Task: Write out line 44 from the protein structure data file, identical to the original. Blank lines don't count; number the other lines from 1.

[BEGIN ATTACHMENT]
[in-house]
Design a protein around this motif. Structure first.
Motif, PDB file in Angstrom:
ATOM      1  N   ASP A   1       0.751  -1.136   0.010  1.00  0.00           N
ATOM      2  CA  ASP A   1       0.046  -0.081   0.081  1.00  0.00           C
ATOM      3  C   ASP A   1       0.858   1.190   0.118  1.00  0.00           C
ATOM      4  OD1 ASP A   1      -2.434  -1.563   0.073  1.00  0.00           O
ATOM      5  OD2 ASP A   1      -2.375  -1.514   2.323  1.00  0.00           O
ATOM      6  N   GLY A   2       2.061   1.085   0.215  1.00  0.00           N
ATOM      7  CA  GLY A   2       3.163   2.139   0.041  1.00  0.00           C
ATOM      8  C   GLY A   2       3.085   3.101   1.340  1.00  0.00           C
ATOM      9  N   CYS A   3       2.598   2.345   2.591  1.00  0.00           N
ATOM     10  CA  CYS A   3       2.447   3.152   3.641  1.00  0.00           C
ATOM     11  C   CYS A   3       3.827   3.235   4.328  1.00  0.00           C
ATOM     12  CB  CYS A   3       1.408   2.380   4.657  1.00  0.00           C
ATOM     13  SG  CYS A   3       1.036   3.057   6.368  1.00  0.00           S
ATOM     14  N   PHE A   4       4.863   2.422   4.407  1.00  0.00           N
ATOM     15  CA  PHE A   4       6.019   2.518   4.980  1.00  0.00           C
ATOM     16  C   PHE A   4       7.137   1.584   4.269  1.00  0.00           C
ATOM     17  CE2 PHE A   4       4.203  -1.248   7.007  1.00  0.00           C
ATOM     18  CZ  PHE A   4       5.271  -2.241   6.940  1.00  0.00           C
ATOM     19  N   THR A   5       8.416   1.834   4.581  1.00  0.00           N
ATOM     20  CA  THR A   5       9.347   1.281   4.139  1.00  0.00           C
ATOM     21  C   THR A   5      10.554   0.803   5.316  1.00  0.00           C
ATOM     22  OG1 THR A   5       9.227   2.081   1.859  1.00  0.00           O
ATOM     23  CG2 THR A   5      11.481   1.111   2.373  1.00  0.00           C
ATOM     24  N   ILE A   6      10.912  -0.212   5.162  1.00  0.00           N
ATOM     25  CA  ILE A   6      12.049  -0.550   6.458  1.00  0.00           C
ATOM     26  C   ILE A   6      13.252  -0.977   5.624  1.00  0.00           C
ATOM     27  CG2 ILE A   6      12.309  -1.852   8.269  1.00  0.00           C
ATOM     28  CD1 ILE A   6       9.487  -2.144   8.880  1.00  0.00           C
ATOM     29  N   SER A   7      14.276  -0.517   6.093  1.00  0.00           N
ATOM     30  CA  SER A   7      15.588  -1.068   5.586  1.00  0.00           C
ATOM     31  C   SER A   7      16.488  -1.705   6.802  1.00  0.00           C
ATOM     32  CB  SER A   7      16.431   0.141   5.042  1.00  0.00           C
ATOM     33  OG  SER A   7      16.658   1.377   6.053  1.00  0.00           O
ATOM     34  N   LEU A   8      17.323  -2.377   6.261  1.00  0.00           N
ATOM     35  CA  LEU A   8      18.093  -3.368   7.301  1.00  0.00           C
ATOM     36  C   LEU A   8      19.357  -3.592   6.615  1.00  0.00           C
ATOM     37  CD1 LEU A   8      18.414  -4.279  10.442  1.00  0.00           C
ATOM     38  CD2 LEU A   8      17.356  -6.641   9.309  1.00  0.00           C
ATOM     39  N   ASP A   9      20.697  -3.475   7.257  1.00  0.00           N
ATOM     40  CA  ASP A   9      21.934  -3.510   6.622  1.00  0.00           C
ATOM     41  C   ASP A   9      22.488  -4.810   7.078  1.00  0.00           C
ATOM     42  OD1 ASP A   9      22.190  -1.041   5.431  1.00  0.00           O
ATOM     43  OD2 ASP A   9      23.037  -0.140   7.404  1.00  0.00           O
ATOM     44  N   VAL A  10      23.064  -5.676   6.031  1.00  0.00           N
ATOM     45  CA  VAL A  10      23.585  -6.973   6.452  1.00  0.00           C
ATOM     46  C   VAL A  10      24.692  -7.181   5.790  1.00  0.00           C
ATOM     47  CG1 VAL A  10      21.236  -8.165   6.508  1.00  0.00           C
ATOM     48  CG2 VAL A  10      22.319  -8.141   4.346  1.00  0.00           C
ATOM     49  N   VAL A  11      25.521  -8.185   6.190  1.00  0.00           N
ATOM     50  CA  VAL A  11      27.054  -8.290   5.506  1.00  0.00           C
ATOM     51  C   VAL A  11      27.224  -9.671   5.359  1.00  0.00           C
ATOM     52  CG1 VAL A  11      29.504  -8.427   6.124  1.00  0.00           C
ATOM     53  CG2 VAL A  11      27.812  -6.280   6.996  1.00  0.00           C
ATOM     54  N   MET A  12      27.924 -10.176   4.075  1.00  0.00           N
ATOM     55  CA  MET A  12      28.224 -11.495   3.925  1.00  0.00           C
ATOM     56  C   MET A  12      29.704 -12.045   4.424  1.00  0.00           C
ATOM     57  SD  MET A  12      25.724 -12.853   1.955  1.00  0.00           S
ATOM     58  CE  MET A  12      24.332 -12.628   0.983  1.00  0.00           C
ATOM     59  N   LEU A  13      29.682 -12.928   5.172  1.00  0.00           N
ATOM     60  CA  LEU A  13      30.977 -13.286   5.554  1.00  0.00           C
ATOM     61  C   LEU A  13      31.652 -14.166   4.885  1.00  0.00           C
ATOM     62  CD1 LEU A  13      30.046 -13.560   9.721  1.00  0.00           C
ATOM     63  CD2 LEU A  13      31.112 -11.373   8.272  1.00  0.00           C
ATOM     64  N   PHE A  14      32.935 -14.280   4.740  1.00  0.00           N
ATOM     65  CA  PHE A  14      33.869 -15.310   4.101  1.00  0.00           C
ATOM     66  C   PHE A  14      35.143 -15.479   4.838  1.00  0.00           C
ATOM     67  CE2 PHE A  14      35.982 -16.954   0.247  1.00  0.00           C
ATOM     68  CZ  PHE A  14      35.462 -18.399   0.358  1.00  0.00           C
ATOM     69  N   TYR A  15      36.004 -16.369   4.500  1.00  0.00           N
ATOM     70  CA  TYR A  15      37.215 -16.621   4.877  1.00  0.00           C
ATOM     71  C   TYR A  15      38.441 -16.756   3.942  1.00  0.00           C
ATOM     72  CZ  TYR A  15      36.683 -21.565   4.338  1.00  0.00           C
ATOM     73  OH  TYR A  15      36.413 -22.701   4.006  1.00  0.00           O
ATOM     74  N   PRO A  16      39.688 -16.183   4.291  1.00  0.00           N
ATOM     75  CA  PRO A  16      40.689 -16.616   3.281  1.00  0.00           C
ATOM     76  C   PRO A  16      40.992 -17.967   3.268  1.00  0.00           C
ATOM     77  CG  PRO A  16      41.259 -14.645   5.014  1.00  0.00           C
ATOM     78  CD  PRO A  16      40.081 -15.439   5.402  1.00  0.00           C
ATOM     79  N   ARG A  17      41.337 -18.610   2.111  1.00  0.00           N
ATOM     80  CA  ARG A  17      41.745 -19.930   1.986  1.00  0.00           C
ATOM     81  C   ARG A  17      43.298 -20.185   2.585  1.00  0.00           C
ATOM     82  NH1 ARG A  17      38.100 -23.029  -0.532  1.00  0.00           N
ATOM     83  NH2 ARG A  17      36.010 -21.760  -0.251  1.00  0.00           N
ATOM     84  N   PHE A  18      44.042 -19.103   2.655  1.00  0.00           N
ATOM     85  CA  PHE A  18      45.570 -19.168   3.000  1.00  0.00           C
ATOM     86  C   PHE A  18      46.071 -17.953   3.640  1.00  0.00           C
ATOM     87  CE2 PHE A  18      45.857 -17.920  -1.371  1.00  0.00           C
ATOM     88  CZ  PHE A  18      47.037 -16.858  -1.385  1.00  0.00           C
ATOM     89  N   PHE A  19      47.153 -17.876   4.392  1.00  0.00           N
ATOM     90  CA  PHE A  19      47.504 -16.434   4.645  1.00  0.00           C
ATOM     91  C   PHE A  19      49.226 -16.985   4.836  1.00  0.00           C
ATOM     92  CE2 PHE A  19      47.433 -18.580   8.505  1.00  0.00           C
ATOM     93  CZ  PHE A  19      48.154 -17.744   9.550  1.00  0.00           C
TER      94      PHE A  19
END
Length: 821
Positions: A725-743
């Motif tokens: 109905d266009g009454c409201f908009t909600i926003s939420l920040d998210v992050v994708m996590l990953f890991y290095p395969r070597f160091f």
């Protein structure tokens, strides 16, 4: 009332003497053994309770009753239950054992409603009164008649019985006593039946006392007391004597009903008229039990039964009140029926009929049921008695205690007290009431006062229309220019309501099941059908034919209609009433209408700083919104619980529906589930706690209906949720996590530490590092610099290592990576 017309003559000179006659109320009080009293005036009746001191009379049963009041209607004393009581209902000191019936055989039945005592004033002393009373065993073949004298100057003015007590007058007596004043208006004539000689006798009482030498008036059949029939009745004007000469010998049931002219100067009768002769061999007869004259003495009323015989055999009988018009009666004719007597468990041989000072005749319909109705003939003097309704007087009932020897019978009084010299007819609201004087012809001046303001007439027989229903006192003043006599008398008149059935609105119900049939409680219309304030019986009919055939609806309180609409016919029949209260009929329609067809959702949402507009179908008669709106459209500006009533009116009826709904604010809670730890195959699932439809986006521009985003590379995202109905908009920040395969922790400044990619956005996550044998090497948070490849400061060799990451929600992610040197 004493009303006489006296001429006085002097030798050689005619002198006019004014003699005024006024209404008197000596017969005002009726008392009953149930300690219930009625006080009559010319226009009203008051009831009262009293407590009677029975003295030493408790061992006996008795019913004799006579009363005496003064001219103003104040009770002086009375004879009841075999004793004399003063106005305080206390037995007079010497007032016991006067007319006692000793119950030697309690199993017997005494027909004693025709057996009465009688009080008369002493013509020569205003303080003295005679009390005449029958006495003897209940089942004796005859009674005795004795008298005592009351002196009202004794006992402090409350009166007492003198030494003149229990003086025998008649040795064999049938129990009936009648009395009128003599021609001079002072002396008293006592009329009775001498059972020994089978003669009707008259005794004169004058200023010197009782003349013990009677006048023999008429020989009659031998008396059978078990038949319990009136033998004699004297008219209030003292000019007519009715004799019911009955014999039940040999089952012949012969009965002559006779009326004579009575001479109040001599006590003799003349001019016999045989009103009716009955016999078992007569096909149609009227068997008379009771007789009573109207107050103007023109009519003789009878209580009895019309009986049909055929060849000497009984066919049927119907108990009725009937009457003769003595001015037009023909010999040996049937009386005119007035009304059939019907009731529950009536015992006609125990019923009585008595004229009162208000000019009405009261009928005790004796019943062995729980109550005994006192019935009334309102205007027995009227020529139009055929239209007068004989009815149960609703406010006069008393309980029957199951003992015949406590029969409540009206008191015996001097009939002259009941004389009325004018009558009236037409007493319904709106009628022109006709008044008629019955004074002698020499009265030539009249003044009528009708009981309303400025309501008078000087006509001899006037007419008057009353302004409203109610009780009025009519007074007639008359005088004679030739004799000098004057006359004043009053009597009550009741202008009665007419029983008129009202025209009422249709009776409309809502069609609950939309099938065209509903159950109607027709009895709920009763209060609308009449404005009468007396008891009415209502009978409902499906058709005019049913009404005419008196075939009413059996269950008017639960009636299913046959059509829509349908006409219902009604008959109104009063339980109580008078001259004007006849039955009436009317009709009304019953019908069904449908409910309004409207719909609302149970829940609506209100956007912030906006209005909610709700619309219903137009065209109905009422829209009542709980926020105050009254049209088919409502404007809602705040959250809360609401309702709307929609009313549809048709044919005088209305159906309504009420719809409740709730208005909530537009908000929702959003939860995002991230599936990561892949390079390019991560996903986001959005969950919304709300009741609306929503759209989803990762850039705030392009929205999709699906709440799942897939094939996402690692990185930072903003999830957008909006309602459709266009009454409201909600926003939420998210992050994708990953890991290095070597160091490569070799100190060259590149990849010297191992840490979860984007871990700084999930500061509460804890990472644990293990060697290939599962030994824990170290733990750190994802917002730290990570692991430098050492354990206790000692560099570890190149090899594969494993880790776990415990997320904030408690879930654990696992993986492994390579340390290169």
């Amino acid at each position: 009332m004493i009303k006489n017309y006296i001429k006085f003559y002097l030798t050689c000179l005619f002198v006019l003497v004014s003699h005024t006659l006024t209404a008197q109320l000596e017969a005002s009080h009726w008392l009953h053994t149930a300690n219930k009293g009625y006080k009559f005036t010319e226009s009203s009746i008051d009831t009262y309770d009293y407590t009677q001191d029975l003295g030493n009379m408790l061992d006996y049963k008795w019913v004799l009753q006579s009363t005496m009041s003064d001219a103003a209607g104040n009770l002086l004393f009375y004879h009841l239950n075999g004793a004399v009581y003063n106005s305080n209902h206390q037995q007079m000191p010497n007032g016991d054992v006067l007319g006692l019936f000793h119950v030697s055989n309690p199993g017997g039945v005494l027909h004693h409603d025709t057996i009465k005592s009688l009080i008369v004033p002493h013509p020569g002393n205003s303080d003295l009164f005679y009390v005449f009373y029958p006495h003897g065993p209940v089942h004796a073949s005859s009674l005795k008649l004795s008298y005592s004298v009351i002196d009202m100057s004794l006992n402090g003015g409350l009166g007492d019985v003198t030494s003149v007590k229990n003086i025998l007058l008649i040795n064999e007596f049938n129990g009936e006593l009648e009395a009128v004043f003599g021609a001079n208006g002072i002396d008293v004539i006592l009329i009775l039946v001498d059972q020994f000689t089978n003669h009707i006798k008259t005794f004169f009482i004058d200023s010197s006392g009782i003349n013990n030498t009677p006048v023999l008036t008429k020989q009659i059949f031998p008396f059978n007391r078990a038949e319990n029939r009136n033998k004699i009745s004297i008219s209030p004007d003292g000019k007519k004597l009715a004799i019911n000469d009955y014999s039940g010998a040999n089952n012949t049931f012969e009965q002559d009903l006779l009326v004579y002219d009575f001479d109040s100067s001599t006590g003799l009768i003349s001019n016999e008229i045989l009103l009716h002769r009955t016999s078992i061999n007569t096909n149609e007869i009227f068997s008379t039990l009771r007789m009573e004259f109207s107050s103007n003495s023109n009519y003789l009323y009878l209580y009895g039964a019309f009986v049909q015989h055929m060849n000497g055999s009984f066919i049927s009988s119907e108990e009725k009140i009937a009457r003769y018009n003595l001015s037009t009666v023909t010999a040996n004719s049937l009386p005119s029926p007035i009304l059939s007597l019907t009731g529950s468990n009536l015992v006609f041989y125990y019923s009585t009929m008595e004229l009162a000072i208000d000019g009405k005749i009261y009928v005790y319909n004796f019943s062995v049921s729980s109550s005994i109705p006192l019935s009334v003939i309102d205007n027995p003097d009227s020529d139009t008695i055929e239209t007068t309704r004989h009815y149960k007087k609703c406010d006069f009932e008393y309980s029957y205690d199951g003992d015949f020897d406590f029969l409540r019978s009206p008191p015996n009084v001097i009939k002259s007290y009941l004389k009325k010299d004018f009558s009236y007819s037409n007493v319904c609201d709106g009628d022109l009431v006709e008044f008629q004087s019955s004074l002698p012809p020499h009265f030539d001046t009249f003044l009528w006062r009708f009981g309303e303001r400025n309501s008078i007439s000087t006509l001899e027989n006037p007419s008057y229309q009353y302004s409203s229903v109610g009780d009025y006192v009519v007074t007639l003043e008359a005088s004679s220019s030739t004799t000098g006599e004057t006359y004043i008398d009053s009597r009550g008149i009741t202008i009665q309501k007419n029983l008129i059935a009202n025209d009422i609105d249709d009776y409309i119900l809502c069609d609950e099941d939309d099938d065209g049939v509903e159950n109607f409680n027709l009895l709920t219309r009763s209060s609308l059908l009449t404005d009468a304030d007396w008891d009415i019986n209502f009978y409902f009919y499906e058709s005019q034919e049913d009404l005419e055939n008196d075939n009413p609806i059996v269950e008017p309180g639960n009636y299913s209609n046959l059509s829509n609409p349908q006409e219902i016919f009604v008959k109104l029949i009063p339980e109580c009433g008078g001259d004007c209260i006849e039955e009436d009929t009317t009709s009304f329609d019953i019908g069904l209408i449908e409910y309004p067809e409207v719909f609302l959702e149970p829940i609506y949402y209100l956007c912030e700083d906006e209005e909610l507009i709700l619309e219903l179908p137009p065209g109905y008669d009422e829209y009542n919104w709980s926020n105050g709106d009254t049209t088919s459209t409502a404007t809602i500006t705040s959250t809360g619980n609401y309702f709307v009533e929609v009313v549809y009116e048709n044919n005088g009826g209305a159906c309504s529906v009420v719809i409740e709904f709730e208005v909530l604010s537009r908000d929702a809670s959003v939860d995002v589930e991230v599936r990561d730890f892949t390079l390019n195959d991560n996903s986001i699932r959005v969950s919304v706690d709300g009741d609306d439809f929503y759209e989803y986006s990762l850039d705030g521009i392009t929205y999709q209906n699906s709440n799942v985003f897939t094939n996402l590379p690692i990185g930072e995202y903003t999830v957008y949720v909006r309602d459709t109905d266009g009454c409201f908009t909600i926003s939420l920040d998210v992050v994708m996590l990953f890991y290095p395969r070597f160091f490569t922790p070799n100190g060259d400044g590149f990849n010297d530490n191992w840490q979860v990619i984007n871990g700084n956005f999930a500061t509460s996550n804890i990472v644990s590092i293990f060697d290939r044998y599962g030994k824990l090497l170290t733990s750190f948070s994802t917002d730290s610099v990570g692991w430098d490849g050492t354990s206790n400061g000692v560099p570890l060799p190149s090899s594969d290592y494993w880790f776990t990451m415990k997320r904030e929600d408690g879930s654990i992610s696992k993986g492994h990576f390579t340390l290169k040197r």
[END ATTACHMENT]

ATOM     41  C   ASP A   9      22.488  -4.810   7.078  1.00  0.00           C